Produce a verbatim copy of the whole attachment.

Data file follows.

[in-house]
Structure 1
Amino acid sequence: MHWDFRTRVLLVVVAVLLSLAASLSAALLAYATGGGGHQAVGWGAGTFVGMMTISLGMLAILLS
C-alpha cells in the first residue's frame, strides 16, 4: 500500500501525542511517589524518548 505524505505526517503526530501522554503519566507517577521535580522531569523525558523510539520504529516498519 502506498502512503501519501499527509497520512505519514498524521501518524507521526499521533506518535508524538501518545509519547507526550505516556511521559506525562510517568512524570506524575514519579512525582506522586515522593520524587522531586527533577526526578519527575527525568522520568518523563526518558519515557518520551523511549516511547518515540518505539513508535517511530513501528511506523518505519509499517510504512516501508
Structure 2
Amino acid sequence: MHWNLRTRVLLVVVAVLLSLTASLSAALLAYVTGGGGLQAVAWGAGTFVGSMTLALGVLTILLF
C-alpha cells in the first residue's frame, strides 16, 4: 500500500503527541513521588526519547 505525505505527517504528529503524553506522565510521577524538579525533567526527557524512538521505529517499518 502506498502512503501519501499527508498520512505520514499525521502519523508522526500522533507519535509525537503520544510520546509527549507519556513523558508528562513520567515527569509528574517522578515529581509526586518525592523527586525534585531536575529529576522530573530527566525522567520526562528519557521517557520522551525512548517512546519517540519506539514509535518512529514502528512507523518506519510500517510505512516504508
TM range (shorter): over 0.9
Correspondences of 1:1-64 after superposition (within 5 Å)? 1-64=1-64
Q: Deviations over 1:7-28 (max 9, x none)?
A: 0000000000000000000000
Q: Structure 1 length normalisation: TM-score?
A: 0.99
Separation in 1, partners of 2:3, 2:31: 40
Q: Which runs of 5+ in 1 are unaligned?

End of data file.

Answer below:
[in-house]
Structure 1
Amino acid sequence: MHWDFRTRVLLVVVAVLLSLAASLSAALLAYATGGGGHQAVGWGAGTFVGMMTISLGMLAILLS
C-alpha cells in the first residue's frame, strides 16, 4: 500500500501525542511517589524518548 505524505505526517503526530501522554503519566507517577521535580522531569523525558523510539520504529516498519 502506498502512503501519501499527509497520512505519514498524521501518524507521526499521533506518535508524538501518545509519547507526550505516556511521559506525562510517568512524570506524575514519579512525582506522586515522593520524587522531586527533577526526578519527575527525568522520568518523563526518558519515557518520551523511549516511547518515540518505539513508535517511530513501528511506523518505519509499517510504512516501508
Structure 2
Amino acid sequence: MHWNLRTRVLLVVVAVLLSLTASLSAALLAYVTGGGGLQAVAWGAGTFVGSMTLALGVLTILLF
C-alpha cells in the first residue's frame, strides 16, 4: 500500500503527541513521588526519547 505525505505527517504528529503524553506522565510521577524538579525533567526527557524512538521505529517499518 502506498502512503501519501499527508498520512505520514499525521502519523508522526500522533507519535509525537503520544510520546509527549507519556513523558508528562513520567515527569509528574517522578515529581509526586518525592523527586525534585531536575529529576522530573530527566525522567520526562528519557521517557520522551525512548517512546519517540519506539514509535518512529514502528512507523518506519510500517510505512516504508
TM range (shorter): over 0.9
Correspondences of 1:1-64 after superposition (within 5 Å)? 1-64=1-64
Q: Deviations over 1:7-28 (max 9, x none)?
A: 0000000000000000000000
Q: Structure 1 length normalisation: TM-score?
A: 0.99
Separation in 1, partners of 2:3, 2:31: 40
Q: Which runs of 5+ in 1 are unaligned?